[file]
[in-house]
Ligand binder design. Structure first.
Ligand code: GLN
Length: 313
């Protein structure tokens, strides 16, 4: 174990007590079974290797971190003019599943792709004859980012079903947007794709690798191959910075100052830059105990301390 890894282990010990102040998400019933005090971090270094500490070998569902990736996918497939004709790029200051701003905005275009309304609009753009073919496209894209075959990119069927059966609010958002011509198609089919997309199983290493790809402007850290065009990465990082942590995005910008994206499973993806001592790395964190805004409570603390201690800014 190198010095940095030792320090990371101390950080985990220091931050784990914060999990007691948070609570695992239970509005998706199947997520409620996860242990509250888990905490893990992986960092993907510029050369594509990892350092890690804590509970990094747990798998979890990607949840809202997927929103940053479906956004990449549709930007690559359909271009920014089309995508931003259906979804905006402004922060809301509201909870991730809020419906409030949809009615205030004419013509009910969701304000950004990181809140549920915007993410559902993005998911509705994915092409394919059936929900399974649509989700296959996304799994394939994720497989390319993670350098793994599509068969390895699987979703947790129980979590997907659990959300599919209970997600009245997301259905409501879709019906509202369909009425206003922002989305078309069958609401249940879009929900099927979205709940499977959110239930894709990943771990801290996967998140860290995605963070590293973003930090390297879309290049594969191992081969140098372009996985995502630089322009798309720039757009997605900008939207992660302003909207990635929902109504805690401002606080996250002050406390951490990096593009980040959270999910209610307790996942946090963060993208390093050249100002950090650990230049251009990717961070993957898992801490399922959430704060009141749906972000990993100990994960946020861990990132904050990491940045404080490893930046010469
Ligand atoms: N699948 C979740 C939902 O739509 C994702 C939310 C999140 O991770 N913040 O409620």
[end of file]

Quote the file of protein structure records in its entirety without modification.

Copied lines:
[in-house]
Ligand binder design. Structure first.
Ligand code: GLN
Length: 313
């Protein structure tokens, strides 16, 4: 174990007590079974290797971190003019599943792709004859980012079903947007794709690798191959910075100052830059105990301390 890894282990010990102040998400019933005090971090270094500490070998569902990736996918497939004709790029200051701003905005275009309304609009753009073919496209894209075959990119069927059966609010958002011509198609089919997309199983290493790809402007850290065009990465990082942590995005910008994206499973993806001592790395964190805004409570603390201690800014 190198010095940095030792320090990371101390950080985990220091931050784990914060999990007691948070609570695992239970509005998706199947997520409620996860242990509250888990905490893990992986960092993907510029050369594509990892350092890690804590509970990094747990798998979890990607949840809202997927929103940053479906956004990449549709930007690559359909271009920014089309995508931003259906979804905006402004922060809301509201909870991730809020419906409030949809009615205030004419013509009910969701304000950004990181809140549920915007993410559902993005998911509705994915092409394919059936929900399974649509989700296959996304799994394939994720497989390319993670350098793994599509068969390895699987979703947790129980979590997907659990959300599919209970997600009245997301259905409501879709019906509202369909009425206003922002989305078309069958609401249940879009929900099927979205709940499977959110239930894709990943771990801290996967998140860290995605963070590293973003930090390297879309290049594969191992081969140098372009996985995502630089322009798309720039757009997605900008939207992660302003909207990635929902109504805690401002606080996250002050406390951490990096593009980040959270999910209610307790996942946090963060993208390093050249100002950090650990230049251009990717961070993957898992801490399922959430704060009141749906972000990993100990994960946020861990990132904050990491940045404080490893930046010469
Ligand atoms: N699948 C979740 C939902 O739509 C994702 C939310 C999140 O991770 N913040 O409620």